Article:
New Delhi, (IANS) The Supreme Court on Friday refused to stay, for now, the petitions against demonetisation pending before different High Courts and subordinate courts as it cautioned that if hardship continues, there may be riots.
Asking the government to ease the situation, the court observed if hardship continues “we may have riots” as “people have become frantic” through standing in queues for long hours.
“That only shows the magnitude of the problem. The problem is serious. You can’t shut them from coming to courts. People are frantic to get money. People are affected. We may have riots in the streets. Let them go (to the courts),” said a bench of Chief Justice T.S. Thakur and Justice Anil R. Dave as Attorney General Mukul Rohatgi urged the court to stay all such proceeding in High Courts and subordinate courts.
The court said that government could not dispute that “there is suffering and difficulty.”
At the outset of the hearing, the bench asked how it is that swapping of demonetised currency notes with the new ones has been brought down from Rs 4,500 to Rs 2,000, even as it had asked the government to take steps to ease the hardship being faced by the people.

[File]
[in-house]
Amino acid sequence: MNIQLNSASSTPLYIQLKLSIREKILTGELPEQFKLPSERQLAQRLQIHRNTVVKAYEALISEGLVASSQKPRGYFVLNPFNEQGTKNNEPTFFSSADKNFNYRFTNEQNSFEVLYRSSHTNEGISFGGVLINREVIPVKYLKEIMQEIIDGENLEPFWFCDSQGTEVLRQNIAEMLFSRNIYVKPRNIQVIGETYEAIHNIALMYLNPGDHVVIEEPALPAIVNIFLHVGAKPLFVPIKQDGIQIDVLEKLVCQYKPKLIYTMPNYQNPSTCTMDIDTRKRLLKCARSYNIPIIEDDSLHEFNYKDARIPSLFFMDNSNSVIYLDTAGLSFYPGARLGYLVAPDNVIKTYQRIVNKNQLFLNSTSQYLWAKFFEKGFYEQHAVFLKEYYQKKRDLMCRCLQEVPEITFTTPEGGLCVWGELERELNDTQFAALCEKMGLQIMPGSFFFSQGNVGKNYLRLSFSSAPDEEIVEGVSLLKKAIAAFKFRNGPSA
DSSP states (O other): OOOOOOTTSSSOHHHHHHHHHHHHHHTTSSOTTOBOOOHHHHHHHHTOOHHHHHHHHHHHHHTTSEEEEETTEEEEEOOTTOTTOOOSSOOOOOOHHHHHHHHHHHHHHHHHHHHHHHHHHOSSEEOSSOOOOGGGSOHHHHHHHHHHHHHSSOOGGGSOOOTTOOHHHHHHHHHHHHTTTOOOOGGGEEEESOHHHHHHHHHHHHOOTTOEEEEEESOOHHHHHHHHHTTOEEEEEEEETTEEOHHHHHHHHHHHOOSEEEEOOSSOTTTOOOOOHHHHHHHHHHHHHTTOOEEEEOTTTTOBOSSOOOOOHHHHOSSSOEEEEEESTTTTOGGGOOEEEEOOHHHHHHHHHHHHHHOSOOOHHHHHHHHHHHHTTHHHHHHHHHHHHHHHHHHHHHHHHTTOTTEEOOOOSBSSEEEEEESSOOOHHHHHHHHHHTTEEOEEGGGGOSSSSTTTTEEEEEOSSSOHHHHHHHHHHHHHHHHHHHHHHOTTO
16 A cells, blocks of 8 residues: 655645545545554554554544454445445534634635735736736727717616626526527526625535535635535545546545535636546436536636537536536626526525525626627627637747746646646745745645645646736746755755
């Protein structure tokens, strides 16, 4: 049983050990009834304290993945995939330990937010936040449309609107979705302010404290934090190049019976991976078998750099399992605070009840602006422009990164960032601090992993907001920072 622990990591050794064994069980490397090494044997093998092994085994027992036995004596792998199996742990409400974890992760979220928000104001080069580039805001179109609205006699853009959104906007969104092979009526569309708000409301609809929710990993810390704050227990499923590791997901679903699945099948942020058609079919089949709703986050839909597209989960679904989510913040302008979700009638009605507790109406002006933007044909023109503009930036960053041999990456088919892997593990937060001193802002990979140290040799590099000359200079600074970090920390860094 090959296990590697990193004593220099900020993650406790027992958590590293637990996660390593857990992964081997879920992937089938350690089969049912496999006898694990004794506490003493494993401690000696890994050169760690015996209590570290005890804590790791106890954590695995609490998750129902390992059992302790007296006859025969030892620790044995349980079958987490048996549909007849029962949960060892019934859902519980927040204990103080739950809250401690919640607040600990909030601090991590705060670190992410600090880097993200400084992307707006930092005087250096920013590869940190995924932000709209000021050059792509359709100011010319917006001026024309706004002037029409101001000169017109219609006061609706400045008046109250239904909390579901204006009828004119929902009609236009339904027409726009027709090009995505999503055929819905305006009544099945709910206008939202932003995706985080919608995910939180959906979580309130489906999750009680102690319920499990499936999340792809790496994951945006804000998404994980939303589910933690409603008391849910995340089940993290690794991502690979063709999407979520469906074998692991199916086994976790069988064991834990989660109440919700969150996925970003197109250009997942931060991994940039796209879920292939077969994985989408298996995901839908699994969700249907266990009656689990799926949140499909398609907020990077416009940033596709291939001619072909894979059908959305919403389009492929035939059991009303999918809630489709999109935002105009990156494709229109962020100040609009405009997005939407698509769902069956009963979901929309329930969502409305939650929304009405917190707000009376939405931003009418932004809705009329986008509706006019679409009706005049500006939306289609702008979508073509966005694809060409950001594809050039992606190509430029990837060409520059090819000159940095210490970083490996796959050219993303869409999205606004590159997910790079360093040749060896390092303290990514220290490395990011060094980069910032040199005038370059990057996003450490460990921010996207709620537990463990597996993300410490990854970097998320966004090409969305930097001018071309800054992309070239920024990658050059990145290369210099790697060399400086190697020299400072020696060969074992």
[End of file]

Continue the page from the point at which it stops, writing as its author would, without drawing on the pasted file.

Adjourning the matter for November 25, the court asked the Attorney General to move transfer petitions, which the court will consider for transferring cases to Delhi.
The Narendra Modi government had on November 8 demonetised Rs 500 and Rs 1,000 currency note to “curb black money and corruption”.
Pointing that people were moving the courts because of they are suffering, the court observed: “We can’t shut them out from the court.”
“It is a serious matter, people should not suffer,” observed Chief Justice Thakur as Attorney General Mukul Rohatgi told the court that government was monitoring the situation “day after day, hour after hour”.
He told the court that government had already issued directions for giving Rs. 50,000 to traders, farmers, Rs. 2.5 lakhs for weddings and so on.
As Rohatgi gave the details of two lakh ATMs, 1.25 lakh bank branches, and petrol pumps from where people could get money, senior counsel Kapil Sibal told the court that 75,000 ATMs were not functional and a large number of them are not calibrated to dispense the new currency notes.
Appearing for one of the petitioners, Sibal said that currency worth Rs 23 lakh crore is to be printed and currency worth Rs 14 lakh crore have been demonetised and there is no replacement. He said currency worth nine lakh crores was in circulation.
Describing Sibal’s statement as politically inspired, Attorney General urged the court “to go and see, the queues have become shorter”.
As Sibal defended his position, Rohatgi shot back: “I have seen your press conference”. Sibal is one of the senior spokesmen of the Congress.
During the course of the hearing, the bench inquired as to why currency notes of Rs 100 denomination were not being made available, Rohatgi told the court that currency notes of Rs 500 and Rs 1,000 denomination that have been demonetised formed 85 per cent of the money in circulation.